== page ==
3 charged particles in the volume equals these processes mentioned above equations(1) and loss to the volume by any of the loss (2) are written in the form: 2 Da N U N cn 0 (3) Equation (3) represents the governing equation for the flowing quasineutral steady state ionization process. This includes the decay of the plasma by diffusion, to the wall and the loss due to the drift velocity, also counts the only gain term that is cascade ionisation. The geometry simulates, to some extent, the flow in the plasma tunnel. It has been considered as a cylindrical tube that has an axial gas flow with an axial velocity V z as shown in figure (1). The origin 2L coordinates of the field applied concentric with the origin of the cylinder. The length of the effective area is 2L. The cascade ionisation over the length 2L is constant whereas zero everywhere (Romig 1959, AL Hashmiy 1990, Shargi 1996). The general solution based on the integration over finite volume will be by of the form: a p p = n a np np +b Where the subscript (np) stands for neighbors point. Flow direction r U o (0,0) z Fig. (1) The cylindrical discharge tube Results and Discussion: The steady state equation (3), needs to be solved. It has a convective term as well as a diffusion term in addition to a linear source term. Since the plasma flow equation is multidimensional and nonlinear, hence a finite difference technique provides the only means of the solution. The convective term U. N in equation (3) makes this equation one of the most difficult partial differential equation of continuum physics to be solved stably and accurately. The solution to this equation is based on dividing the working area to a mesh of 161*81 grid point. It has been assumed that the ionisation takes place in, almost, at the centre of this area. The first derivative in this equation is solved by upward technique and the second derivative is approached by central difference schemes. The gas flow through the cylindrical tube is assumed from left to right and the velocity profile is Laminar velocity, so that U z =U o (1R 2 /R 2 o). Where R o is the radius of the cylinder and R is the distance of the grid point from the axis of cylinder. It has been considered that the boundary of the plasma is isothermal. In this appreciable ionisation of the gas begins to occur at one side and vanish at the other side. The spatial plasma density distributions are calculated in the cylindrical discharge plasma. It has been found that the maximum plasma density is localized in the center of the discharge tube when the velocity of the gas is zero. But, when the gas velocity increases the position of the maximum plasma density moves a considerable distance toward the boundary of the discharge region. This is due to the difference between their energy balance conditions. The complete view of the plasma distribution and velocity behavior together with their productions are presented in figures (27). These figures also show that cascade begins at the boundary, i.e. the plasma density began to rise, on the axis as energy deposits from the strong field. The 32
4 maximum plasma density reaches the center of the tube when the gas becomes stationary. The lines of constant plasma are presented in these figures by their projections. Also these figures show the radial distributions of plasma density experience fundamental changes in its value and uniformity. This is a direct result of the laminar flow velocity profile. It can be explained as the amount of ionization depends on the time that gas element spends in the laser or microwave field. This time is greater near the walls, where the velocity is slower, than on the axis. As a result it is expected that this form, of a complex profile exists through the discharge region. The relation between the ionization coefficient and the flow velocity at the discharge tube centre is presented in figure (8). This is for a constant value of ambipolar diffusion coefficient. It has been found that the value of cascade ionization increases as the flow velocity increases, i.e. the energy of the field must be increased to overcome the effect of flow velocity at the points of interest. Figure (9) shows the combined effect of the flow velocity on the plasma density, at the centre of the discharge for constant values of cascade ionization and diffusion coefficient. The plasma densities are full as a zero order Bessel function, and at velocity greater than 3.00 m/s the ionization is dying out. That means the gas will pass the region of strong filed without any absorption of energy. Fig. (2) Twodimensional distribution of the plasma number density for a cylindrical discharge tube at zero velocity of gas. 33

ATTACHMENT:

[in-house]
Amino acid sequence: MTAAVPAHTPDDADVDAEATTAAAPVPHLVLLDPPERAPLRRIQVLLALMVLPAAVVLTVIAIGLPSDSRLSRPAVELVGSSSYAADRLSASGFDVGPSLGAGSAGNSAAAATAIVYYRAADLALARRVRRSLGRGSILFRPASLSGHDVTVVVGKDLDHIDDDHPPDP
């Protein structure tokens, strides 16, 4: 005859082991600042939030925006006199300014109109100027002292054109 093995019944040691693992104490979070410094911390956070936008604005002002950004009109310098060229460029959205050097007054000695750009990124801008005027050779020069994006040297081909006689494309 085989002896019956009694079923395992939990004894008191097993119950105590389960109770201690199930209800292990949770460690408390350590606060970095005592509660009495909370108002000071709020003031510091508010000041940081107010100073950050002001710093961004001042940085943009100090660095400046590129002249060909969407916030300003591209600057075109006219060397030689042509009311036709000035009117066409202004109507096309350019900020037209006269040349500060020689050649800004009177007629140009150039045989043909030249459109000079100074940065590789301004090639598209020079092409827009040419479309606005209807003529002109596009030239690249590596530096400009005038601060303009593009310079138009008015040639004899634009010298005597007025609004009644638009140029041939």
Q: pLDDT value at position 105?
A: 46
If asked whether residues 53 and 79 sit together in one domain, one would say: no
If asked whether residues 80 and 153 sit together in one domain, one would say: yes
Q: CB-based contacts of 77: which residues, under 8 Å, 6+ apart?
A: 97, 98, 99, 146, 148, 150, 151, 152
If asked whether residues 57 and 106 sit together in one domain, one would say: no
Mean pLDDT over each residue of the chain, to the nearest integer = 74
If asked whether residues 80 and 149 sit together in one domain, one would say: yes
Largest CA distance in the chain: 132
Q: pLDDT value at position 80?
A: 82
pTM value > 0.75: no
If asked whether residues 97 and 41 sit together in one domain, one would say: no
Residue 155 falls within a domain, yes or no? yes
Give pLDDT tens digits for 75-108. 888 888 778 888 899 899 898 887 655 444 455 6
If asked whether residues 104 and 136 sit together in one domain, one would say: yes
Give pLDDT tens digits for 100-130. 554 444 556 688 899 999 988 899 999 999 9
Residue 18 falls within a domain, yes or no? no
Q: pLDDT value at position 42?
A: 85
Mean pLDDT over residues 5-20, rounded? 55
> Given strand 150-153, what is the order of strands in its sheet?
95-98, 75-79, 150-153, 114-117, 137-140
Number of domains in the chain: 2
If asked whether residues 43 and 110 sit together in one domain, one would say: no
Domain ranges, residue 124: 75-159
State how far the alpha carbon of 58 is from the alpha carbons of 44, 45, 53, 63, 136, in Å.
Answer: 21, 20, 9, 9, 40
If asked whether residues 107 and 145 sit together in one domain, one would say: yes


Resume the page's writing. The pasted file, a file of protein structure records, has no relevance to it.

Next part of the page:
5 Fig. (3) Twodimensional distribution of the plasma number density for A cylindrical discharge tube at gas flow velocity (Uo=1.00 m/s.) Fig. (4) Twodimensional distribution of the plasma number density for A cylindrical Discharge tube at gas flow velocity (Uo=2.00 m/s.) 34
6 Journal of Basrah Researches ((Sciences)) Volume 37.Number 5.A ((2011)) Fig. (5) Twodimensional distribution of the plasma number density for A cylindrical Discharge tube at gas flow velocity (Uo=3.00 m/s.) Fig. (6) Twodimensional distribution of the plasma number density for A cylindrical discharge tube at gas flow velocity (Uo=5.00 m/s.) 35
7 Uo=800. (cm / sec) Fig. (7) Twodimensional distribution of the plasma number density for A cylindrical Discharge tube at gas flow velocity (Uo=8.00 m/s.) 3000 Ionisation coefficient (sec1) Da=5. (cm 2/ sec) Gas velocity (cm/ sec). Fig. (8) Ionisation coefficient as a function of gas flow velocity for a cylindrical discharge tube for a constants Normalized plasma number density and diffusion coefficient. 36
8 Journal of Basrah Researches ((Sciences)) Volume 37.Number 5.A ((2011)) 1 Da = 5.0 cm2/ sec Normalized plasma number density / sec Gas velocity cm / sec Fig. (9) Normalized plasma number density as a function of gas flow velocity at center cylindrical discharge tube (Z=0, R =0.) for a constants ionisation coefficient and diffusion coefficient Reference: 1) ALHashimi; N. H.; (1990); Ph.D. Thesis, Swansea University, U.K. 2) ALHashimi; N. H. & ALKelly; A. A.; (1996); Basrah J. Science, A, Vol. 14, No.1, pp ) ALHashimi; N. H.; (1999); Basrah J. Science, A, Vol. 17, No. 2. pp ) ALHashimi; N. H. & ALKelly; A.A.; (1999); Basrah J. Science, A, Vol. 17, No. 2, pp ) ALHashimi; N. H. & Sharqi; S.N.; (2010); Misan J. for Academic Studies, Vol. 9, No. 17, pp ) ALKelly; A. A. ;(1996); M.Sc. Thesis; Basrah University; IRAQ. 7) ALKelly; A. A. ;(1999); Ph.D. Thesis; Basrah University; IRAQ. 8) De Montgolfier; p.; (1972); J. Phys. Appl. Phys. Vol. 5, pp ) Evan; L. R. ;(1968); Phys. Rev. Letter, Vol. 22, No. 21, pp ) Ireland C L M and Morgan C G 1973 Gas breakdown by a short laser pulse J. Phys. D: Appl. Phys ) Schwarz J and Diels J C 2001.Analytical solution for UV filaments Phys. Rev. A ) Rambo P, Schwarz J and Diels J C 2001 Highvoltage electrical discharges induced by an 37
9 ultrashortpulse UV laser system J. Opt. A: Pure Appl. Opt ) Morgan; C.G. ;(1986); radiative processes in discharge plasma, plenum 14) Nielson; P.E., Gnavan G.H. and RockWood; S. D. ;(1971); proceeding. IEEE, 59 pp ) Nicholas; D. J. & Sajjadi; S. G. ;(1985); J. Phys. Appl. Phys. Vol. 19, pp ) Romig; F. M. ;(1959); The phys. of fluid Vol. 3 No.1, ) Richard; W. etal. ;(1983); J. Appl. Phys., Vol 54, No. 9.pp ) Shargi; S.N.;(1997); Ph. D. Thesis, University of Basrah, IRAQ. 18) Zel Dovich; Ya. B. & Raizer; Yu.P. ;(1964); Sov phys. JETP, Vol.20, No.3. pp ) Zel Dovich; Ya. B., and Reizer; Yu.P; (1965); Sov. Phys. JETP 20.pp